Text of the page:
The world is home to all kinds of flora and fauna, home to startlingly diverse climates and environments, in which many species of trees have battled the elements and man to survive and thrive. This article will delve into the details of some of the incredible trees that start with Y.
We will look at trees that live in all kinds of habitats and climates, from dusty deserts to the glorious Himalayas.
Many of these trees face a fight for survival, combating natural and man-made threats to their existence. We will look at the tree’s appearance, natural habitat, and whether it bears any edible delights for man or beast.
We will look at the people and cultures of the areas in which the trees grow.
Examining if the trees have cultural or spiritual significance, and which trees provide sustenance and materials for traditional or modern arts, crafts, and construction.
So read on to gain an insight into some Trees That Start With Y, as we take you on an expedition across the globe!
Himalayan Yew (Taxus Walliciana)
An endangered species of yew tree that is native to the Himalayas and some sections of south-east Asia.
It thrives in a variety of environments, including high above sea level in the cold and down the mountain ranges to the tropical sub-montane.
Growing to 10 m in height, this evergreen coniferous tree produces vivid green leaves that lose their vibrancy over time and fade to brown.
The tree is used medicinally in both Tibetan and Ayurvedic medicine, earning it strong significance and respect amongst the local population.
It was even used in the development of anticancer drugs. People also brew tea using the bark and use the wood as firewood to keep warm in the chilled climate.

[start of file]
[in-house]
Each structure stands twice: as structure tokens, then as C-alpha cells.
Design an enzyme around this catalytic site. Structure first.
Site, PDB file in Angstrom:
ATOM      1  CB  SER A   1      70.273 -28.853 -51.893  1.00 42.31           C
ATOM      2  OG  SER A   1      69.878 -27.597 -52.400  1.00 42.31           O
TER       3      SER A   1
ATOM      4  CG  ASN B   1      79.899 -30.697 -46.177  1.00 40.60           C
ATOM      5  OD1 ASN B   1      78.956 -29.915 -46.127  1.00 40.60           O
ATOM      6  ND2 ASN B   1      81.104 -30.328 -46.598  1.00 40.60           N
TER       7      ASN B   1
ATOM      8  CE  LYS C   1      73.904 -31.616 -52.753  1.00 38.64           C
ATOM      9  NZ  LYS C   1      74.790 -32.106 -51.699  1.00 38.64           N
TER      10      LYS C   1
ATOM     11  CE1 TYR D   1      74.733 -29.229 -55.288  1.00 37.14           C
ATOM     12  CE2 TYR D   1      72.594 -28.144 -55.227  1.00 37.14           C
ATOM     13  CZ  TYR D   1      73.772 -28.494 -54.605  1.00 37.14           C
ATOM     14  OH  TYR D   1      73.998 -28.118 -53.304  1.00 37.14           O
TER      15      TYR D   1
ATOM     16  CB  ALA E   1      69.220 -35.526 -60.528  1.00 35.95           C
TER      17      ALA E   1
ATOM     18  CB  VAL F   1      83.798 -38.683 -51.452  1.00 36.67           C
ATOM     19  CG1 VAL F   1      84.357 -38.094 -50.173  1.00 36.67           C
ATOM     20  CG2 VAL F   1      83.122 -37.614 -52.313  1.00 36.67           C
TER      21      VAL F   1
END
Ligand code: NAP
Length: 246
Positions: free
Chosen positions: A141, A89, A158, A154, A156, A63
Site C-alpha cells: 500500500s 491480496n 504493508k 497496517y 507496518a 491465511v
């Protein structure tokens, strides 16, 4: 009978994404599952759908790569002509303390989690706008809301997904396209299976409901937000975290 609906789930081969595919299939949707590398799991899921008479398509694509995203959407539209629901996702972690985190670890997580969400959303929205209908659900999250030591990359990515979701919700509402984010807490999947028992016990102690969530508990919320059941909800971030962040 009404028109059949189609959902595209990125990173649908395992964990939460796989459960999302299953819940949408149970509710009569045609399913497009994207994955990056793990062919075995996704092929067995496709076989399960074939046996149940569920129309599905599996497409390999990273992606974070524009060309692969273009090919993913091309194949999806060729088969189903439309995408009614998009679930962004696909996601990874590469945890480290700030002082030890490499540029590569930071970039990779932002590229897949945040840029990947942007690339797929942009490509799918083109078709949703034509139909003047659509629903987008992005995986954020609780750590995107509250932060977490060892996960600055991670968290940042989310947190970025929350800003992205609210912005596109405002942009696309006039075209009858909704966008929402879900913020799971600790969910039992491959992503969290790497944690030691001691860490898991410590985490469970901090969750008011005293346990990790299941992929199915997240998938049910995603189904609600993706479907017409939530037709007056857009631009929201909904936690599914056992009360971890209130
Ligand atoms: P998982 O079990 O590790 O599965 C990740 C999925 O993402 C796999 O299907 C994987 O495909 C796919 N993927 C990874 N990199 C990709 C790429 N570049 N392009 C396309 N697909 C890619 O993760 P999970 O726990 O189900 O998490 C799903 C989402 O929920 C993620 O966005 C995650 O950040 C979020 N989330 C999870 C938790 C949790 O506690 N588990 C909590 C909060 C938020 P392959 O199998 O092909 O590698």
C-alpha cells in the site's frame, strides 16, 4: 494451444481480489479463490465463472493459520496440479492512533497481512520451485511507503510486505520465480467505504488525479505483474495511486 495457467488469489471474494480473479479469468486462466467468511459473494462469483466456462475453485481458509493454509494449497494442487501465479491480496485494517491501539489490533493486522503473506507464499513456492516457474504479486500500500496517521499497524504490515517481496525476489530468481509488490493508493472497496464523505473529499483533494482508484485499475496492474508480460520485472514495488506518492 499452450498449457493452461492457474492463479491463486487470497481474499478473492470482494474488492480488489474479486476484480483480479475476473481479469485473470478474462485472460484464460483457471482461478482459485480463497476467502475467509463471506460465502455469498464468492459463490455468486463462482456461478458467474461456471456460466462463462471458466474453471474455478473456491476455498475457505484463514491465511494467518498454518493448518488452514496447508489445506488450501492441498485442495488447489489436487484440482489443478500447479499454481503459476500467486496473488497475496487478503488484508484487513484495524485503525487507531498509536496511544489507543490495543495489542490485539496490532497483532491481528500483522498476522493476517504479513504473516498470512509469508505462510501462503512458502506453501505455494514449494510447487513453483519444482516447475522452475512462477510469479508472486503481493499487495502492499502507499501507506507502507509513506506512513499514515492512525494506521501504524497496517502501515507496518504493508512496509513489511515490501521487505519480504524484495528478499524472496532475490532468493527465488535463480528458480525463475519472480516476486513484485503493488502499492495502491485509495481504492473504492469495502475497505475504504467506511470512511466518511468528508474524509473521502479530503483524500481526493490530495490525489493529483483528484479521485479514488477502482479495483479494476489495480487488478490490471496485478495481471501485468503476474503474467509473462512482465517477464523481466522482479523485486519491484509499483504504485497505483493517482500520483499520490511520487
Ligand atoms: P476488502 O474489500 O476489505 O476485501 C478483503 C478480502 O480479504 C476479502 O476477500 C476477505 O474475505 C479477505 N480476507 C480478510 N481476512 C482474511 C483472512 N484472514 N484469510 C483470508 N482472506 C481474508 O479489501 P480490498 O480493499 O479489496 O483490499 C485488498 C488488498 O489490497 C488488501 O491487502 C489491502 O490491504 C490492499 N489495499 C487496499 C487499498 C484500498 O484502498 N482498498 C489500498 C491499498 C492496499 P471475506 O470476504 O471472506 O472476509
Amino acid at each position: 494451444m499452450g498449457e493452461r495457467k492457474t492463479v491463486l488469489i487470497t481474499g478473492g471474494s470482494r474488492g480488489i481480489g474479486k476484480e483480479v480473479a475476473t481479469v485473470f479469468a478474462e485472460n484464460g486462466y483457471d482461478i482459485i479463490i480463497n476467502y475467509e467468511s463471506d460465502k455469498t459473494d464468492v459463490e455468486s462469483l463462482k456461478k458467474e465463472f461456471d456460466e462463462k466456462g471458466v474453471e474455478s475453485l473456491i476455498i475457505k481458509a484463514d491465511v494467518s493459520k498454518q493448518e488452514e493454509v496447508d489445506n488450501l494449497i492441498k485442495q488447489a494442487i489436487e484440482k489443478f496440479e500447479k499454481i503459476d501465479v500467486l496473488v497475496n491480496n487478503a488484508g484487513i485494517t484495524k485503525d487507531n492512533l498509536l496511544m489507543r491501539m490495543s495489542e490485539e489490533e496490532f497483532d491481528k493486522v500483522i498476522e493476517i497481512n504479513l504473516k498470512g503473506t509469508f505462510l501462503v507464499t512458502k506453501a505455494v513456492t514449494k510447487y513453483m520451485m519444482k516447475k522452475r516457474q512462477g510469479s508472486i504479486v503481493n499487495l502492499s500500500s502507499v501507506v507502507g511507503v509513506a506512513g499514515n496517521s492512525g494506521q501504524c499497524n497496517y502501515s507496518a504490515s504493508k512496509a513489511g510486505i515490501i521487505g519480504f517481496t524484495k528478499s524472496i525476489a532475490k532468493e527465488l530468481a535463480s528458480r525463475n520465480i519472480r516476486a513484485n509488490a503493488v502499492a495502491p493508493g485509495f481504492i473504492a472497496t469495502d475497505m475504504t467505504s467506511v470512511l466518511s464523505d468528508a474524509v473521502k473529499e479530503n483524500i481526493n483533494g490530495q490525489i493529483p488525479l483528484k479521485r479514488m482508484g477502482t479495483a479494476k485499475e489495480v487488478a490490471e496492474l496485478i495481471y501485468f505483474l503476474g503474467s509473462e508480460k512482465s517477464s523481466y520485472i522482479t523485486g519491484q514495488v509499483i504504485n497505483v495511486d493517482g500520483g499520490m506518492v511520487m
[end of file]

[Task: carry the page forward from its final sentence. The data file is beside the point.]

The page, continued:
Giant Spanish Dagger (Yucca Carnerosana)
A member of the asparagus family and native to North America, this tree is sturdy, tough, and can survive in various environments.
There has been some success in cultivating it away from its natural habitat, with success in the western USA, throughout northern Mexico, and in some areas of Southern Europe.
It grows up to six meters tall and is topped with white flowers that resemble drops of snow.
Yuzuri-Ha (Daphniphyllum Macropodum)
A small tree that can be found across Japan, Korea, and China. Usually, it grows up to ten meters in height, though it has been known to reach heights of up to twenty meters in the right environment.
Dense spirals of long green leaves are displayed on reddish branches, though the branches fade to gray as they age.
This tree serves multiple purposes for those that grow it, including the timber being commonly used for making furniture and in larger-scale construction. It is also a popular species for use as an ornamental plant in homes and gardens.
The Ainu indigenous people of Japan and Siberia are known to dry the leaves and then smoke them.
The name Chinese Yew is given to and associated with three different species of yew. Although there is some dispute as to the ‘true’ Chinese Yew, each of the below is generally granted the name.
- Taxus Sumatrana
- Taxus Chinensis
- Taxus Celebica
Also known as the Taiwan Yew, it can be found across Asia and the Middle East, from Afghanistan to Taiwan.
Growing in varied conditions from subtropical forests to high up above sea levels, this tree is a protected species in Taiwan, and it serves several uses.
They are used in the crafting of furniture, bows are made for hunting and even footwear in the form of clogs is made from them!
Oil is mixed with the bark from the tree to make the red paste used on the foreheads of the Brahmin, giving it a spiritual significance.
This tree is under the protection of several national and international laws due to its common use and incredible value in the medicinal field.
An important tree in the fight against cancer, as it is used to produce the chemotherapy drug Paclitaxel, also known as Taxol.
Growing at elevations up to nine-hundred meters, this species is also used in the production of the cancer medication Taxol.
The bark and needles contain the needed compounds to synthesize the medicine.
Unfortunately, due to their increasing value, they continue to be harvested at an unsustainable rate, despite laws being in place to protect them.
Beaked Yucca (Yucca Rostrata)
A species native to Texas, Coahuila, and Chihuahua, it is increasingly popular as an ornamental feature due to its captivating appearance.